Welcome to Us Project

Haley

Haley

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I was abused from the time I was four, when my mother moved in with the man that was going to become my stepfather. I remember the very first day we moved into his home and feeling really uncomfortable when he came into the toilet when I was going to the toilet one time. 

 

When I started school, my mum got a job working night fill at a supermarket, so I would be home alone with my stepfather at night. This was when everything started happening. It was the early 80s, and he would make me watch pornographic movies with him, and he would make me act out what was happening in those movies. I remember when my Mum went to the hospital to give birth to my brother, after my stepfather and I came back from visiting her at the hospital, we came home and he sexually abused me.

 

Even as a young child I knew that it wasn't right, and I started to internalise it all. Here I was as a little kid, going through all of this yucky crap, and I felt like I had to try and put on a brave face. I would pretend I was happy when I was at school, but I really felt like I didn't have anyone to talk to about it. 

 

I told my mum he was making me watch porn movies and making me touch him, but being young I didn't really have the words to verbalise what he was actually doing. She just told me to just stay in my room and make sure I said no. It shut me down. It really impacted on our relationship, because I felt like I wasn't listened to. If my son had said that to me when he was younger I would have believed him and done something about it, straight away. I wouldn't have just told him to stay in his room. It takes a lot for a seven or eight year old to say something.

 

I know a lot of my family knew something wasn't right, but no one ever said anything, I was just kind of deemed a problem child. Even my teachers at school thought that too. They wanted me to be drug tested at school because they thought I was taking drugs, which I wasn't at that stage. But not once did anyone ask me if I was ok. 

 

I left home when I was 15, I went to live with a family of a friend I went to school with, then went flatting. When I look back now I think actually, I have done really well considering! I managed to finish school, work part time and pay my own way. I probably abused myself a lot more during those teenage years and even during my 20s. It has always impacted me. I have had some serious issues around trust, and all the rest of it. 

 

The first time I really had the opportunity to do something about dealing with it was when I came back from Australia. I was 19, my great grandmother passed away and I had a drug induced psychotic episode, and started having flashbacks. That is when I started having counselling and beginning that very long healing process. I had been constantly thinking about it in my head, about what had happened and how it wasn't right, and I had a lot of internal anger and pain from it. 

 

I decided to make a statement to the Police, as I found out that my step father was working at a primary school in the South Island, as a caretaker. I decided to call the school and tell them. I also tried to get in contact with the school social worker. After I made my statement, a cop down in Wellington decided to investigate it, and eventually we took it to court. I would have been okay with just doing restorative justice, but of course you need to own up to it, which he wouldn't do. It was an awesome process for me, taking him to court. Even though he was found not guilty due to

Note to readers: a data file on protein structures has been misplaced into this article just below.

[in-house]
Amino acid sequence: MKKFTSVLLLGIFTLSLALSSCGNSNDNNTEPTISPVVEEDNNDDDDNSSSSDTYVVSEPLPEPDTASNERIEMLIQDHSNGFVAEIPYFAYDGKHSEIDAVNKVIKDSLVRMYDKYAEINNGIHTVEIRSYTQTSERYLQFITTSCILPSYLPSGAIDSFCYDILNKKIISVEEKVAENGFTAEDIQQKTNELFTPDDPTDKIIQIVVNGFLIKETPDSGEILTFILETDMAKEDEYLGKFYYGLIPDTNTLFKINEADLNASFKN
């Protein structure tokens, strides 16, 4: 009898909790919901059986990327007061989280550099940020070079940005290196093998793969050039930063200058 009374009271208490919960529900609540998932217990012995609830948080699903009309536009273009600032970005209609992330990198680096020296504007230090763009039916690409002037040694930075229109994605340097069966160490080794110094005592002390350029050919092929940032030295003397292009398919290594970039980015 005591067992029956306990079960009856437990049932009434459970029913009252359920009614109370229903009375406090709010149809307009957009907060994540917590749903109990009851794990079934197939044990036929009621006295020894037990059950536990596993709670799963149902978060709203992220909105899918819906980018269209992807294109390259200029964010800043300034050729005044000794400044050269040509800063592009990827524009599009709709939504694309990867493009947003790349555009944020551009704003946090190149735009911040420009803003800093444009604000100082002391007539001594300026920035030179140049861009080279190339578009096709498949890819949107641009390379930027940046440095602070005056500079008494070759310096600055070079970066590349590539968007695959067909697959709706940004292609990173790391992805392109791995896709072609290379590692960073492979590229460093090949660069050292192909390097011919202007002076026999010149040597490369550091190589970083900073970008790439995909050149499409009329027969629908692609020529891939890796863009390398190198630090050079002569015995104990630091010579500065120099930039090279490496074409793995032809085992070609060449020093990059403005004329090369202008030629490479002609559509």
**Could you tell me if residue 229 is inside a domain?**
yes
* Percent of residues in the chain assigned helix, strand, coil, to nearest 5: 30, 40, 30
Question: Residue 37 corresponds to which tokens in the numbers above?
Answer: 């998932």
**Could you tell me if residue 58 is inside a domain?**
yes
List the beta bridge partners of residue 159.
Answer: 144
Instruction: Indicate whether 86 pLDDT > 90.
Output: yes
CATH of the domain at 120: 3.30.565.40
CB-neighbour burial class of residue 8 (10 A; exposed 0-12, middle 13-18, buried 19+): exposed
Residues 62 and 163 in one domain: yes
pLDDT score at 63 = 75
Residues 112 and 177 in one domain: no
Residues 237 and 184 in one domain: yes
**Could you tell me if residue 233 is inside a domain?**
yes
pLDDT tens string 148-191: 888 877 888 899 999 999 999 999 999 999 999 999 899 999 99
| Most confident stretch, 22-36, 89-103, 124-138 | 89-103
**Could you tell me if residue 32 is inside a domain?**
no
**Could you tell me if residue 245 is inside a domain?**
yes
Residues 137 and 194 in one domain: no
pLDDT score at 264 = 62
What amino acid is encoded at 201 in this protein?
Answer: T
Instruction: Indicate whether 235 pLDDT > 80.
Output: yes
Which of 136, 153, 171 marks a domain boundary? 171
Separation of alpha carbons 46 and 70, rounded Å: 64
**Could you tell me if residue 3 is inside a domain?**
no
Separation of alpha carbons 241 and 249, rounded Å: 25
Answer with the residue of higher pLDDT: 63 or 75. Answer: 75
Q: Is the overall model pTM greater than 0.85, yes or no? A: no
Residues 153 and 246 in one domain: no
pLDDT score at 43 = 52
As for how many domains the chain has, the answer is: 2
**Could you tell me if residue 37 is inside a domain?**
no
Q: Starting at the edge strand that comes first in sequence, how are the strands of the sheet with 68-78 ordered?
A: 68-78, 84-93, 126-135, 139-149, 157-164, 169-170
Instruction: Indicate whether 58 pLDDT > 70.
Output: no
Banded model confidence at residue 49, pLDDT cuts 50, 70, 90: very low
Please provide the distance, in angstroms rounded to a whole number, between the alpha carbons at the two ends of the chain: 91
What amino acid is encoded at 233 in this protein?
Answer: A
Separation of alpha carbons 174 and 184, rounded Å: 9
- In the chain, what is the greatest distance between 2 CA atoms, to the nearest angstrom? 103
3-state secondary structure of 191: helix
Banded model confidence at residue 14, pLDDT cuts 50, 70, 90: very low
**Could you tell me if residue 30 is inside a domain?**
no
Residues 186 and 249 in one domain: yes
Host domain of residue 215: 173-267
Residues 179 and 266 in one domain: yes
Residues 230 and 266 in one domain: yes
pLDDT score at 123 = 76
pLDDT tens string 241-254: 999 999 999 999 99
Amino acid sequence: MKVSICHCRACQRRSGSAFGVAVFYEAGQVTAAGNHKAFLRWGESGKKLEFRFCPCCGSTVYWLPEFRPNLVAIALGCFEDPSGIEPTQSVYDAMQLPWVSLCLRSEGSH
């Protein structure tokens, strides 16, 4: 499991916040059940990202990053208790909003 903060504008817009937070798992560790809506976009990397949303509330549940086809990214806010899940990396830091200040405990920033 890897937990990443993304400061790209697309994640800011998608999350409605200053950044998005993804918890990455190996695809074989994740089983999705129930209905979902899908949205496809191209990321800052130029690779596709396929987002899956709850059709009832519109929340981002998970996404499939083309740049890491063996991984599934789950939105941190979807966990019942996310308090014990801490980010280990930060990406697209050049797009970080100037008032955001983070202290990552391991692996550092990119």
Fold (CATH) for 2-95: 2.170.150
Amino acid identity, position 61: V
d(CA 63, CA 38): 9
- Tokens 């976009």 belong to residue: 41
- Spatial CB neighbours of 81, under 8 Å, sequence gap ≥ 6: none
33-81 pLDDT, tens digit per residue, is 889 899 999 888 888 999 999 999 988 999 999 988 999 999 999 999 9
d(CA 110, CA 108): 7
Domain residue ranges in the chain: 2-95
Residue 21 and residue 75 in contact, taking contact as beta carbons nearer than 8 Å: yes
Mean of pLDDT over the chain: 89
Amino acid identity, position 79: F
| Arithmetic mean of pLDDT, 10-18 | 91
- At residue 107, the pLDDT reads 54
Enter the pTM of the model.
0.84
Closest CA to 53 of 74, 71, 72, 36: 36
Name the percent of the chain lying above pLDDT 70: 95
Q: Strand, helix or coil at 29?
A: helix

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insufficient evidence. It was empowering. I thought you can lie all you like, but you know I know what the truth is, and that is all that matters. I didn’t need a judge and jury to tell me that he was guilty. Going through the process was empowering as finally I had the opportunity to talk and be listened to by others and he, my Stepfather had to sit there and hear it too, knowing I was being completely honest. 

 

I have my own son, and I thought to myself there was no way I would be putting him in the same kind of position that I was put in as a child. I made sure he felt like he really could talk to me about anything, and fostered a really strong relationship.

 

It takes a lot of courage to communicate and speak the truth no matter what. Parents need to listen to their children as early as possible, it builds their assertiveness. I don't think it’s ever too early to start that process. People think it won’t happen to their kids but sexual abuse can happen to anyone. The children need to know that it is safe to speak.

 

Having my own child is what made me want to get into a career as a social worker as well. I wanted to go and save the world I suppose, but looking back I hadn't finished my own healing. I re-trained to be an Early Childhood Teacher and love it!  

 

It was such an ongoing process of being really self-aware. Triggers aren't necessarily a bad thing, but being aware of them can help you move through and put the ownership of the things that have happened on the perpetrator and not onto yourself. 

 

I embrace my experiences of sexual abuse as a strength now, although it took a while. I feel it has made me a lot more understanding of other people’s experiences too. Everyone has their own story that is valuable and contributes to their own life-long learning journey.

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Jade

Jade

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